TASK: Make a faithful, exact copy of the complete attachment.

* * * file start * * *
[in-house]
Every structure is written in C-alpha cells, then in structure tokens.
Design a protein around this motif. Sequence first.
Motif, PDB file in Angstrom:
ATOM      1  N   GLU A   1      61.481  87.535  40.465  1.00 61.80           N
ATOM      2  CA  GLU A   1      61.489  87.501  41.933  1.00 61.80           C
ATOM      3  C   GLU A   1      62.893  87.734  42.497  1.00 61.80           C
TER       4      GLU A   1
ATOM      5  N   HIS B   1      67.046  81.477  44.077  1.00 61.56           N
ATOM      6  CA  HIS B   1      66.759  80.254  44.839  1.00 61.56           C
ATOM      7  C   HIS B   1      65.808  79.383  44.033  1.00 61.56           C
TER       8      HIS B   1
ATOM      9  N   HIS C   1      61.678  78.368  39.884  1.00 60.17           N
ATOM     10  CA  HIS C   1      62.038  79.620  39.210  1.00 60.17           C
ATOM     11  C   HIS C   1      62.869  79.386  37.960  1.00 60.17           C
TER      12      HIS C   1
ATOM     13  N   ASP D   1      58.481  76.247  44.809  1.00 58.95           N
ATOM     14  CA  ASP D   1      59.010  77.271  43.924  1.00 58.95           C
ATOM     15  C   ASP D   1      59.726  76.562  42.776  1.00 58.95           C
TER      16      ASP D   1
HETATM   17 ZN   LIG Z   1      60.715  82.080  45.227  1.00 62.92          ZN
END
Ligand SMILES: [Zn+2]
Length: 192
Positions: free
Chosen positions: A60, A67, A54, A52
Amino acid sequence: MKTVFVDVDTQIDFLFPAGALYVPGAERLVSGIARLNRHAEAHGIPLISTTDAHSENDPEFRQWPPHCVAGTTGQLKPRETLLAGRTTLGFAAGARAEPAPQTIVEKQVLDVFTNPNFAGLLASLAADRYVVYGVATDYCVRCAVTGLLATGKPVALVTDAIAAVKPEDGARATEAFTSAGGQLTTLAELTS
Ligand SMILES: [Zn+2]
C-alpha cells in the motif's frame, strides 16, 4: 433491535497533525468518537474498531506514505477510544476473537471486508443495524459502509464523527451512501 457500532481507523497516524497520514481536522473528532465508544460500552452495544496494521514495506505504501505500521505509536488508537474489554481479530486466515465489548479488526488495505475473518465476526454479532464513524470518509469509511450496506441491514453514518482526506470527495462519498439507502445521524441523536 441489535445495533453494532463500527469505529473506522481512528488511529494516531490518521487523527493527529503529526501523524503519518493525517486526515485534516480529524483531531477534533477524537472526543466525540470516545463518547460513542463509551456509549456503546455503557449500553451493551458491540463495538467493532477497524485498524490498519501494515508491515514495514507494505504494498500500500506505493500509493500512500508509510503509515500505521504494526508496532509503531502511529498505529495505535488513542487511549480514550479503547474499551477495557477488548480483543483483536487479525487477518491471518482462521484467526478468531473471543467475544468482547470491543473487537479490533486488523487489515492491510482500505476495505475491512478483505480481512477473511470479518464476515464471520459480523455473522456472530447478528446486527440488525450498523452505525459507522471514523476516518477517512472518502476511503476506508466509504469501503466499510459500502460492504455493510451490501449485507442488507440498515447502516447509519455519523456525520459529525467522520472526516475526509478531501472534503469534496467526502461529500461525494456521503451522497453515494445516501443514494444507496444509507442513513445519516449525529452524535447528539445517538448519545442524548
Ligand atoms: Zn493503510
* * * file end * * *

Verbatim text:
[in-house]
Every structure is written in C-alpha cells, then in structure tokens.
Design a protein around this motif. Sequence first.
Motif, PDB file in Angstrom:
ATOM      1  N   GLU A   1      61.481  87.535  40.465  1.00 61.80           N
ATOM      2  CA  GLU A   1      61.489  87.501  41.933  1.00 61.80           C
ATOM      3  C   GLU A   1      62.893  87.734  42.497  1.00 61.80           C
TER       4      GLU A   1
ATOM      5  N   HIS B   1      67.046  81.477  44.077  1.00 61.56           N
ATOM      6  CA  HIS B   1      66.759  80.254  44.839  1.00 61.56           C
ATOM      7  C   HIS B   1      65.808  79.383  44.033  1.00 61.56           C
TER       8      HIS B   1
ATOM      9  N   HIS C   1      61.678  78.368  39.884  1.00 60.17           N
ATOM     10  CA  HIS C   1      62.038  79.620  39.210  1.00 60.17           C
ATOM     11  C   HIS C   1      62.869  79.386  37.960  1.00 60.17           C
TER      12      HIS C   1
ATOM     13  N   ASP D   1      58.481  76.247  44.809  1.00 58.95           N
ATOM     14  CA  ASP D   1      59.010  77.271  43.924  1.00 58.95           C
ATOM     15  C   ASP D   1      59.726  76.562  42.776  1.00 58.95           C
TER      16      ASP D   1
HETATM   17 ZN   LIG Z   1      60.715  82.080  45.227  1.00 62.92          ZN
END
Ligand SMILES: [Zn+2]
Length: 192
Positions: free
Chosen positions: A60, A67, A54, A52
Amino acid sequence: MKTVFVDVDTQIDFLFPAGALYVPGAERLVSGIARLNRHAEAHGIPLISTTDAHSENDPEFRQWPPHCVAGTTGQLKPRETLLAGRTTLGFAAGARAEPAPQTIVEKQVLDVFTNPNFAGLLASLAADRYVVYGVATDYCVRCAVTGLLATGKPVALVTDAIAAVKPEDGARATEAFTSAGGQLTTLAELTS
Ligand SMILES: [Zn+2]
C-alpha cells in the motif's frame, strides 16, 4: 433491535497533525468518537474498531506514505477510544476473537471486508443495524459502509464523527451512501 457500532481507523497516524497520514481536522473528532465508544460500552452495544496494521514495506505504501505500521505509536488508537474489554481479530486466515465489548479488526488495505475473518465476526454479532464513524470518509469509511450496506441491514453514518482526506470527495462519498439507502445521524441523536 441489535445495533453494532463500527469505529473506522481512528488511529494516531490518521487523527493527529503529526501523524503519518493525517486526515485534516480529524483531531477534533477524537472526543466525540470516545463518547460513542463509551456509549456503546455503557449500553451493551458491540463495538467493532477497524485498524490498519501494515508491515514495514507494505504494498500500500506505493500509493500512500508509510503509515500505521504494526508496532509503531502511529498505529495505535488513542487511549480514550479503547474499551477495557477488548480483543483483536487479525487477518491471518482462521484467526478468531473471543467475544468482547470491543473487537479490533486488523487489515492491510482500505476495505475491512478483505480481512477473511470479518464476515464471520459480523455473522456472530447478528446486527440488525450498523452505525459507522471514523476516518477517512472518502476511503476506508466509504469501503466499510459500502460492504455493510451490501449485507442488507440498515447502516447509519455519523456525520459529525467522520472526516475526509478531501472534503469534496467526502461529500461525494456521503451522497453515494445516501443514494444507496444509507442513513445519516449525529452524535447528539445517538448519545442524548
Ligand atoms: Zn493503510